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Adding a die cut or emboss to your print job can make a striking visual impact; it's a way of sculpturing and increasing a reader's engagement with your work. Learn about the various types of embossing and die cutting as well as the proper ways to set up your documents to achieve consistent results. Author Claudia McCue covers manufacturing concerns like cost, time, choosing the appropriate paper stock, and file formatting; preparing your artwork for embossing and stamping; and then designing your die-cut project in Adobe Illustrator or InDesign.
When you start contemplating a project that's going to involve embossing, you have to sort of look down the line at your final deadline. And you have to keep in mind that the more complexity involved in your embossing is going to result in higher cost and of course, it's going to extent the time required to accomplish all this. If you're using simple, single-level dies, those can be photo-etched, and you could anticipate maybe a one to three day production for those. The cost is going to vary with the size of the die that's going to be created and the complexity of the detail of the die.
And that production schedule again is going to depend on the job load at the die maker. When you start considering multi-level dies or sculptural dies, or combination dies, which perform both embossing and foil stamping simultaneously. Those require brass. And that's more expensive. But it can hold finer detail. It's harder, it's better for longer runs. But it also requires handwork. And handwork is time consuming and it's expensive. So you should anticipate at least a three to five day production cycle for a complex die like this, and it could be even longer depending on the work load at the die maker.
The cost, again, is going to vary with the size and the complexity of the embossing die. If you're going to be embossing printed work. That printed sheet has to be dry before it can be embossed, so that adds to the lead time right there, and if you require tight registration between the embossing and the printed sheet, that's going to require brass dies. They can hold that tight detail. They're going to cost a little bit more, and they're going to take longer to prepare. If there are any problems, that's going to require a reprint or it could require a new die or it could be both. If there's a problem trying to get that brass die to align with the printed piece, if you're asking too much of that combination of die and print and stock, you may have to back up and rethink some of the components. So this is why you want to plan far ahead.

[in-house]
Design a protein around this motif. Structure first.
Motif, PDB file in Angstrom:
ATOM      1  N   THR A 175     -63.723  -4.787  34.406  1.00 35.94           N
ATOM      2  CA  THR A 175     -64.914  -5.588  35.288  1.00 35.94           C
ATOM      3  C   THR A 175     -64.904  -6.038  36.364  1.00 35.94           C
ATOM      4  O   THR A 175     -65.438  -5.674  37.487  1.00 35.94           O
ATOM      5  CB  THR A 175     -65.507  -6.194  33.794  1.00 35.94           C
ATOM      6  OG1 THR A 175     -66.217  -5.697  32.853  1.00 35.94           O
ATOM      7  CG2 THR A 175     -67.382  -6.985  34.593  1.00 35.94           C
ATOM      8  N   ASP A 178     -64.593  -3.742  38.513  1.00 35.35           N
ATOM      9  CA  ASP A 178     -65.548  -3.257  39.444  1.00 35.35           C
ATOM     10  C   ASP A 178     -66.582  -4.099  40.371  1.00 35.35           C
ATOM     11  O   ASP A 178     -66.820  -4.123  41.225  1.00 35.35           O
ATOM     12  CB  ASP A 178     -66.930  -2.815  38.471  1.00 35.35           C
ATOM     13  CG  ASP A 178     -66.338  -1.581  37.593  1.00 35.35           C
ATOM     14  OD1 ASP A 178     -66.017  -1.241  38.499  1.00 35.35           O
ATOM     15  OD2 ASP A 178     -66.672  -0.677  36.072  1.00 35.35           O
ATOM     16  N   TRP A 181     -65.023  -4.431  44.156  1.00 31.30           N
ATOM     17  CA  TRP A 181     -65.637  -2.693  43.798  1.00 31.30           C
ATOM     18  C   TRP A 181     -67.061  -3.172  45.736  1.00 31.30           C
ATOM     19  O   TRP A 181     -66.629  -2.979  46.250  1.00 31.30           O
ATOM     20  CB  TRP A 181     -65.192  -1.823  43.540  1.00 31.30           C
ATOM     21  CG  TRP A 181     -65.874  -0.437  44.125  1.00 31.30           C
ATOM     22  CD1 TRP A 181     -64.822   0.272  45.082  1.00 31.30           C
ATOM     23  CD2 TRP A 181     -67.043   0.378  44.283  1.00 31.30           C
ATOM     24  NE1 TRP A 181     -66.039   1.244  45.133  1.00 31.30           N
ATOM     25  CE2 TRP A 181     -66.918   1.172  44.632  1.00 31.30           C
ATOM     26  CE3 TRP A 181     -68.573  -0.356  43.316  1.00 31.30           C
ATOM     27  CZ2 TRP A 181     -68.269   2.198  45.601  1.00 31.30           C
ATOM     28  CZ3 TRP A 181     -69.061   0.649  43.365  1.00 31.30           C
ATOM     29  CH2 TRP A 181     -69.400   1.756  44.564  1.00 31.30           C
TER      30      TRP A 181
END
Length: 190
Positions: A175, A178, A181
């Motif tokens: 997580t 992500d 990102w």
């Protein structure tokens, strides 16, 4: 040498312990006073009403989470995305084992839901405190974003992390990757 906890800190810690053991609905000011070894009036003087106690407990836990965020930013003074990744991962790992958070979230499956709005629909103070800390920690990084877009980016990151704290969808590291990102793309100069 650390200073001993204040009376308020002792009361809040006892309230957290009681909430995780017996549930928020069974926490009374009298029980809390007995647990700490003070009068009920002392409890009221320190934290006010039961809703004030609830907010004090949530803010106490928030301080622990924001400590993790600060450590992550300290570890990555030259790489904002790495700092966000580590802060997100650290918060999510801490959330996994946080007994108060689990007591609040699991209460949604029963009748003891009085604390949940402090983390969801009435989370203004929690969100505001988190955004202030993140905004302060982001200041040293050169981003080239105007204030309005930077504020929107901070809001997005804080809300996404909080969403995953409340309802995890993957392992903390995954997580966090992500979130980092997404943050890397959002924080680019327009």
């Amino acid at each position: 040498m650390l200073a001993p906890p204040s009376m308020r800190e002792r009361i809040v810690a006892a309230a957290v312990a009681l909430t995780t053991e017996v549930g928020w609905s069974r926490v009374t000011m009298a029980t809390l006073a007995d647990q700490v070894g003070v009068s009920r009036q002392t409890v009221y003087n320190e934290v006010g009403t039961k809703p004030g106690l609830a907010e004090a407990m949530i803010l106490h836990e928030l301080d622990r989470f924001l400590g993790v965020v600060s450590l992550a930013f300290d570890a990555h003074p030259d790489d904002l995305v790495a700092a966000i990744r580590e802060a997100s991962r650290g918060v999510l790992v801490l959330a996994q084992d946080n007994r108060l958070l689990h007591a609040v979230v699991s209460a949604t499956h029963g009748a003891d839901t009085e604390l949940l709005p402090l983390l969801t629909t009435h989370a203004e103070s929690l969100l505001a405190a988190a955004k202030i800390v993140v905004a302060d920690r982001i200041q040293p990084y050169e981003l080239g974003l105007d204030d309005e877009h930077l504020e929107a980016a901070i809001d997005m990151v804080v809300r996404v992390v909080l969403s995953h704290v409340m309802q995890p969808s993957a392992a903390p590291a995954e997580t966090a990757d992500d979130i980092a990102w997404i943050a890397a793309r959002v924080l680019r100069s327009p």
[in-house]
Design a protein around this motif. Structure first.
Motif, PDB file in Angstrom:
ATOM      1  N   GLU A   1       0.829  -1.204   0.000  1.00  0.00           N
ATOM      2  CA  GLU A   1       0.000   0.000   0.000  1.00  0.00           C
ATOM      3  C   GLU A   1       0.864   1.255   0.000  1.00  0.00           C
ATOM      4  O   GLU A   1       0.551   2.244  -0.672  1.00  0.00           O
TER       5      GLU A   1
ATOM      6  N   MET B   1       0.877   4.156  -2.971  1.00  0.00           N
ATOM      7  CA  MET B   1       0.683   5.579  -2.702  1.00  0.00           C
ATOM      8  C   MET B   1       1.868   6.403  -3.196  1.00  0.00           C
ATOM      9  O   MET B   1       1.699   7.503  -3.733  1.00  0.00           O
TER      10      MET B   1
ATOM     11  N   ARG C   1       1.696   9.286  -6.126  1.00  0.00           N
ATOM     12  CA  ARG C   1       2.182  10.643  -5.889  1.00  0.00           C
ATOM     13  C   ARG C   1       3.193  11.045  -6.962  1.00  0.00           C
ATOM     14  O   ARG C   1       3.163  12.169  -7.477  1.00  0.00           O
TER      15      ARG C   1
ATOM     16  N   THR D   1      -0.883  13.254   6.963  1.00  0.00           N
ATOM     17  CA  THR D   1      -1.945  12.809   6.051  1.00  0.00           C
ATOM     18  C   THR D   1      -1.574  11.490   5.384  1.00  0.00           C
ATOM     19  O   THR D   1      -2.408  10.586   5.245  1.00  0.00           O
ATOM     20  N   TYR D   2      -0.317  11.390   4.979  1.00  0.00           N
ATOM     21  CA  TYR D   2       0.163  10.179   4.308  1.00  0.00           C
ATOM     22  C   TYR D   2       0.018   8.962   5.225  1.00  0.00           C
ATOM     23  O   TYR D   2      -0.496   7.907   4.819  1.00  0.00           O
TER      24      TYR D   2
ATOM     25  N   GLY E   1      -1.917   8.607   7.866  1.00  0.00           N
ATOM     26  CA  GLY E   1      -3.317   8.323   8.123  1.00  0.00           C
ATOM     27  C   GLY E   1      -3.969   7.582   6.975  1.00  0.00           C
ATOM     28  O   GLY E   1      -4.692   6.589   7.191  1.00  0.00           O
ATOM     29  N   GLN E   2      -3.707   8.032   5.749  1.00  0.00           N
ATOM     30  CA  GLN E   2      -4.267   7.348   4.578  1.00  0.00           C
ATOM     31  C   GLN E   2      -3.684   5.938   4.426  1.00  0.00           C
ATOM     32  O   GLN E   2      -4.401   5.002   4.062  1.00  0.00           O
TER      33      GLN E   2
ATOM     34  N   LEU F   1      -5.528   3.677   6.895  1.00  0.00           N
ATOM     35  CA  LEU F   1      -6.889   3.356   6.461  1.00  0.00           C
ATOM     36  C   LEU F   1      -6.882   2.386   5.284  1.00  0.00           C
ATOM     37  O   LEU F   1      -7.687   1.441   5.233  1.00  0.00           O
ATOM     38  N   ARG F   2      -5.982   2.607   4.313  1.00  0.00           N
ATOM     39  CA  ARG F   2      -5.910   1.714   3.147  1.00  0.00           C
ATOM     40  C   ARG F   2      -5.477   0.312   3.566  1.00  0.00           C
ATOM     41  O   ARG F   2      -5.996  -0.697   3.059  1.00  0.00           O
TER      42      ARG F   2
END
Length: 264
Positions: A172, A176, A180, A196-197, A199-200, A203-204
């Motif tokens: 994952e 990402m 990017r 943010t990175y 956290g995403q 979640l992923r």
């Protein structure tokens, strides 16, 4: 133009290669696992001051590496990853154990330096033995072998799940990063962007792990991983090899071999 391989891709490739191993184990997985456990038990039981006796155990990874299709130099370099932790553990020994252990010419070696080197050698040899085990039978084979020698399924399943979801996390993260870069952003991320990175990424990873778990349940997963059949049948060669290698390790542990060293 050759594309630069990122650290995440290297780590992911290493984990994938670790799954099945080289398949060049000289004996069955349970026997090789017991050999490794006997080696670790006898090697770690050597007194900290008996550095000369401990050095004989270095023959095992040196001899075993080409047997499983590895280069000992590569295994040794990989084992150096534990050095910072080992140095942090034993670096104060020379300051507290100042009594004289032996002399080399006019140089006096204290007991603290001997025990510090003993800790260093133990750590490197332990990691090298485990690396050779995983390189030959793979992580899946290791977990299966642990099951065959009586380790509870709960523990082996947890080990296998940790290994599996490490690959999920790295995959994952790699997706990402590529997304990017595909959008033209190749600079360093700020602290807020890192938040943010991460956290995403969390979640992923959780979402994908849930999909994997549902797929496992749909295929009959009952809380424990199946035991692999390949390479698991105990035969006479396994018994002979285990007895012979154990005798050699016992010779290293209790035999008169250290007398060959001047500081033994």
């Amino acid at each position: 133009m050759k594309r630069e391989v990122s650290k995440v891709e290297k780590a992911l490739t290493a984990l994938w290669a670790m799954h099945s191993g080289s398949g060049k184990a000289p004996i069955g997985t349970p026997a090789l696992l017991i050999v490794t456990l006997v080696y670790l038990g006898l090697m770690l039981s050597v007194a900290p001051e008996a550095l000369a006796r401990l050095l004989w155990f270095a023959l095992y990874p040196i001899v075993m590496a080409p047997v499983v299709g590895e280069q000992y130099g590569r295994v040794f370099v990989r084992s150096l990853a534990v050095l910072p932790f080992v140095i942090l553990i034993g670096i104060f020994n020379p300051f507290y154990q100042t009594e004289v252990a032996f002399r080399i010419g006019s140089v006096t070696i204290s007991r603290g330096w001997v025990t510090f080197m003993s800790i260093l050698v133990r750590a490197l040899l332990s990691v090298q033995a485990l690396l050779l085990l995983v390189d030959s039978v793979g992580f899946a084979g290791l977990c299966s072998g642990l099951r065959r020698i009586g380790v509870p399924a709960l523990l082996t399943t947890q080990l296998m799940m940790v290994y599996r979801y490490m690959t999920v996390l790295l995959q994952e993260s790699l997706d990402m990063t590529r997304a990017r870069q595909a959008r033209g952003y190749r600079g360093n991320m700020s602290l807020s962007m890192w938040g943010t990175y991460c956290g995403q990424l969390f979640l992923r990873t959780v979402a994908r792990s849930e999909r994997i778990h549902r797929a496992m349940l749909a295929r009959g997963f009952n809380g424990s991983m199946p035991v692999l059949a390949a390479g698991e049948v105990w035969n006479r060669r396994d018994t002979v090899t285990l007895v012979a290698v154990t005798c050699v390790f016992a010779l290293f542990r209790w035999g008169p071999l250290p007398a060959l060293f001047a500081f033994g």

You want to consult with the printer, consult with the die maker. Make sure that your choice of stock is appropriate for what you trying to accomplish. And make sure that you have a realistic notion of the deadlines involved and the anticipation of the result. So, the job planning involves at least the printer. And most printers don't create their own dies. They certainly don't usually create complex dies. So, then you're talking about job planning in both companies, the printer and the finishing supplier. So as soon as possible, when you're planning a job like this, try to get them both involved.
Because you can coordinate your schedules and they can educate you about things that you might need to change as you prepare to send this job for production. And keeping in mind that those schedules have to all be synchronized. There's a lot to think about. And that's one reason there's no such thing as too much time. A job involving embossing is not something you want to rush.
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